Trade and Labor Migration GATS Mode 4 and Migration Agreements

Marion Panizzon

Executive Summary

While trade during the last decade has grown more quickly than international migration, both have “globalized” in the sense that no country in the world today is unaffected by migration.1 Migration has become one of the key distributional issues in globalization, driven by the asymmetric allocation of labor and capital as factors of production around the globe.2 In OECD countries alone, the foreignborn population has grown by about 18% since 2000, even though the old guest worker programs in Europe came to an end with the oil crises in the 1970s.

Nonetheless, in terms of stock, South-South migration is more signifi cant, given that the largest share of migrants from developing countries, an estimated 74 million (47%), reside in other developing countries.4 Even though there is still less migration movement than at the end of 19th century,5 “labor migration lies at the heart of migration management today”.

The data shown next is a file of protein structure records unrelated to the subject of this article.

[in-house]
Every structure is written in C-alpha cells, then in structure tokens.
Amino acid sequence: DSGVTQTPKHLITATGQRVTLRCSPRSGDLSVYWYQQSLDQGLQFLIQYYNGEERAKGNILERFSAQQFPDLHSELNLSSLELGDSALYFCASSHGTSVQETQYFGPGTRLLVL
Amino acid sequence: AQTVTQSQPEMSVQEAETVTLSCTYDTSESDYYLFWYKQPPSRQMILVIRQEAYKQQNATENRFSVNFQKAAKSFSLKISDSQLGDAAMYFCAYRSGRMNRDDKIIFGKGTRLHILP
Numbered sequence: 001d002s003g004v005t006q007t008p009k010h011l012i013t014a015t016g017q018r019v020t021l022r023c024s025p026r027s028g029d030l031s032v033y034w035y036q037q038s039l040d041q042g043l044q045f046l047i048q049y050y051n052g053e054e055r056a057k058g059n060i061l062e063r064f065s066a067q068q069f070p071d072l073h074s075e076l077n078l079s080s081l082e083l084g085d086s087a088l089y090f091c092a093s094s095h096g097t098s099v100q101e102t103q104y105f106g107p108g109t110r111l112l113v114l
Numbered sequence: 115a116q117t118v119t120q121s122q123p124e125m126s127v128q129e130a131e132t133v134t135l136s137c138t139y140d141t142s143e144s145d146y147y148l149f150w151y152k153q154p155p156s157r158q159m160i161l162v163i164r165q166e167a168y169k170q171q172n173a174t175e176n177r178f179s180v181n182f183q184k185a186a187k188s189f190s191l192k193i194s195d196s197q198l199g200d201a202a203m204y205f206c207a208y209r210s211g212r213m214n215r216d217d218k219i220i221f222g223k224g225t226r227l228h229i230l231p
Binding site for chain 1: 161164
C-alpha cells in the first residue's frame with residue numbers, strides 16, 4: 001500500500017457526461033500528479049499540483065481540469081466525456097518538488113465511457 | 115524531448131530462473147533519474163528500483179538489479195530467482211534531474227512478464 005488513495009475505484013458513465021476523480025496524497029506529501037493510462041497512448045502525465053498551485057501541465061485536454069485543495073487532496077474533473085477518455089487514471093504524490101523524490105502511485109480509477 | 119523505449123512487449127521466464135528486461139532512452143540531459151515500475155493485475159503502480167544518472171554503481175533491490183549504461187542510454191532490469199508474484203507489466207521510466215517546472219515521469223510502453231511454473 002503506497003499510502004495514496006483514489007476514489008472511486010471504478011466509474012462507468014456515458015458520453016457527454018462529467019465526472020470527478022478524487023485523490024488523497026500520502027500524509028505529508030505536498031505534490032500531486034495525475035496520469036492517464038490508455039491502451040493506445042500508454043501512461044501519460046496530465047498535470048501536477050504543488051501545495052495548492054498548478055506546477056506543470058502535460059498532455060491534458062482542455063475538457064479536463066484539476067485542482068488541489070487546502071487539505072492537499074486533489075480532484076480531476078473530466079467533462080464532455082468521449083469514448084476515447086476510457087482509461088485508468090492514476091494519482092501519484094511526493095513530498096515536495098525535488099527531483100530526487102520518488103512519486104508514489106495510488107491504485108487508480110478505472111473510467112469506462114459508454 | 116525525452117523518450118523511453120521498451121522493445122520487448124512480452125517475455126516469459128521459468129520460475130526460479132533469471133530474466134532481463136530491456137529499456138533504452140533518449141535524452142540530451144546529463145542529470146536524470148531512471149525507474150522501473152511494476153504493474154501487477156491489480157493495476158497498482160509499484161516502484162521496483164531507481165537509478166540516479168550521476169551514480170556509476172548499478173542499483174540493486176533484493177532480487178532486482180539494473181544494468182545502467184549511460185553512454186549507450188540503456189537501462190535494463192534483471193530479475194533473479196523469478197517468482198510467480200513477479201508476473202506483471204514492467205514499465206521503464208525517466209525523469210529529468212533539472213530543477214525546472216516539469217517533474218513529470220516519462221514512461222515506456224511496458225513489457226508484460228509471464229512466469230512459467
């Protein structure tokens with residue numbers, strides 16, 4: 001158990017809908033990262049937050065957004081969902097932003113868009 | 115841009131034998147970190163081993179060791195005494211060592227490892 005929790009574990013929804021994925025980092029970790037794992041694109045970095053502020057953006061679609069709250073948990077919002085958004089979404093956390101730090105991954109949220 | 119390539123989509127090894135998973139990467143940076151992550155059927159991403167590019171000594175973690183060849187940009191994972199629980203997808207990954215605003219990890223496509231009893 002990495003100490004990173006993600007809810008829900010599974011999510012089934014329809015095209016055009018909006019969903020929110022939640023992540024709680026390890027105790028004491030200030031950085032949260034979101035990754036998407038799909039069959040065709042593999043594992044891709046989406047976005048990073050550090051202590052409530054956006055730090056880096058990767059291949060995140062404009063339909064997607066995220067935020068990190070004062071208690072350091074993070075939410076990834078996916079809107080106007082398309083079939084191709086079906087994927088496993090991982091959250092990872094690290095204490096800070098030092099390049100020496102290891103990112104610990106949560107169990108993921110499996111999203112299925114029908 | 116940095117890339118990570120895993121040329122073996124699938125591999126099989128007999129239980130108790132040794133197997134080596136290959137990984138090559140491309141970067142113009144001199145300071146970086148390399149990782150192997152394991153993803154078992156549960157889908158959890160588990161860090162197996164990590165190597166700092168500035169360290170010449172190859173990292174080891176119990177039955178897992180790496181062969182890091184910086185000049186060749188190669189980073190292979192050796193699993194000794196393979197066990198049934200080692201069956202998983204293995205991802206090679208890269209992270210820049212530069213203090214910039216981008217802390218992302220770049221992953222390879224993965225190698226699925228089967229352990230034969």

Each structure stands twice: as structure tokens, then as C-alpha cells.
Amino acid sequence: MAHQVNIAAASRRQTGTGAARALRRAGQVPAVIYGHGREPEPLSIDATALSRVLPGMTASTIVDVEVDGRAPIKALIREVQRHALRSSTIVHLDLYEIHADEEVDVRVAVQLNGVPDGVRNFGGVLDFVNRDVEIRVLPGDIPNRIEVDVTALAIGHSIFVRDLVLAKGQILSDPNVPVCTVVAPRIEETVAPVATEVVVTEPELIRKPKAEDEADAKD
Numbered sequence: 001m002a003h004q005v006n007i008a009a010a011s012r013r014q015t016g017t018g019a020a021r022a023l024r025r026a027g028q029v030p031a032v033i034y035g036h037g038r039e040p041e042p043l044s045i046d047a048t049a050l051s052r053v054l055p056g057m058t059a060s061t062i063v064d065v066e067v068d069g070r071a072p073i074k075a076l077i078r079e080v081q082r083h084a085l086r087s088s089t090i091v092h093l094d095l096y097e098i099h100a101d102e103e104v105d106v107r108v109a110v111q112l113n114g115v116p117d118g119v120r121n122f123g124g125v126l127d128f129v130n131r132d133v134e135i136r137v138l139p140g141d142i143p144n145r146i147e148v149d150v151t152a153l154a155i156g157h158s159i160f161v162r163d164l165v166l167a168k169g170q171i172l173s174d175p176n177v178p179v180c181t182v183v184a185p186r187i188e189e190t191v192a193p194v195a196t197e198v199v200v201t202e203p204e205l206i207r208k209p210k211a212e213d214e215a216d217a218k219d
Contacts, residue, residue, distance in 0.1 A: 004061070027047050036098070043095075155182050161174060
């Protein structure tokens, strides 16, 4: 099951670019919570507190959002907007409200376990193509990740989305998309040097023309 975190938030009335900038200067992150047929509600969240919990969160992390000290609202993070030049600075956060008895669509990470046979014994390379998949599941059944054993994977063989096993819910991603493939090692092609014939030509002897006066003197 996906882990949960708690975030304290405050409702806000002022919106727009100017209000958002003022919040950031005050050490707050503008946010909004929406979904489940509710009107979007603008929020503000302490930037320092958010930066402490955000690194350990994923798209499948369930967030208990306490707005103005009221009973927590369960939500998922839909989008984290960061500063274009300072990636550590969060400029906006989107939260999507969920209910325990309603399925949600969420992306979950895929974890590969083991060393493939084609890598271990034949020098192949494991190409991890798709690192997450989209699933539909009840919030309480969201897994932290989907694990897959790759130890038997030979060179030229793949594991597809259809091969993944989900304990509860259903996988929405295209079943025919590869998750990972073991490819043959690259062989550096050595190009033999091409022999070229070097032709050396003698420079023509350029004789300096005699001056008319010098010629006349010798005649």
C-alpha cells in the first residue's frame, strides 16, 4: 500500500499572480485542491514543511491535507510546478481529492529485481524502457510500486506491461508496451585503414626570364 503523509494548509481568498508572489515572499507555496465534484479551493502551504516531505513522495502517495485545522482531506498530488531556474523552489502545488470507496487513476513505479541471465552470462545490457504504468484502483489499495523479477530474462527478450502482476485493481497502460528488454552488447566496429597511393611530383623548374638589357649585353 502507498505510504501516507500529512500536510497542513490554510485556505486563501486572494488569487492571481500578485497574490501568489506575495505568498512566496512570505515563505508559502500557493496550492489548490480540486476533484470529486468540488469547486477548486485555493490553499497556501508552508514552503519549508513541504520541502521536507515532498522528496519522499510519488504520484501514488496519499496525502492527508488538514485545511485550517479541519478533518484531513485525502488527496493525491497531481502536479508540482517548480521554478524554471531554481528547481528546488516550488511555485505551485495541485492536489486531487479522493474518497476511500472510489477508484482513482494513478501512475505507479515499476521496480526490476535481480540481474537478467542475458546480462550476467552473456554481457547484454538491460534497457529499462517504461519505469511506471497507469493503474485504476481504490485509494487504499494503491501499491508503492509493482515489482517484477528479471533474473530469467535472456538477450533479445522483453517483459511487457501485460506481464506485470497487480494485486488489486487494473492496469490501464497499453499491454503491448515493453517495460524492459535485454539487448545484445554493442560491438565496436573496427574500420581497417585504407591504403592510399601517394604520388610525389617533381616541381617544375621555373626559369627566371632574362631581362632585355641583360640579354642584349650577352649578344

Half the world’s 200 million international migrants are economically active.7 While 20-50% of the immigrants leave the destination countries within fi ve years after arrival, close to 5 million or 10% of Europe’s 56.1 million migrants had an irregular status in 2000.9 In reaction to these challenges, migrant destination countries such as France, Spain or Switzerland in the fi rst decade of the new millennium initiated wide-ranging immigration law reforms. These sought to shift the ratio of family reunifi cation and asylum towards attracting the highly-skilled in view for countries in Europe to more effectively compete in the “global hunt for talent” alongside Australia, Canada or the US.10 For managing irregular migratory fl ows, bilateral migration agreements were re-designed and became a contested key migration steering tool.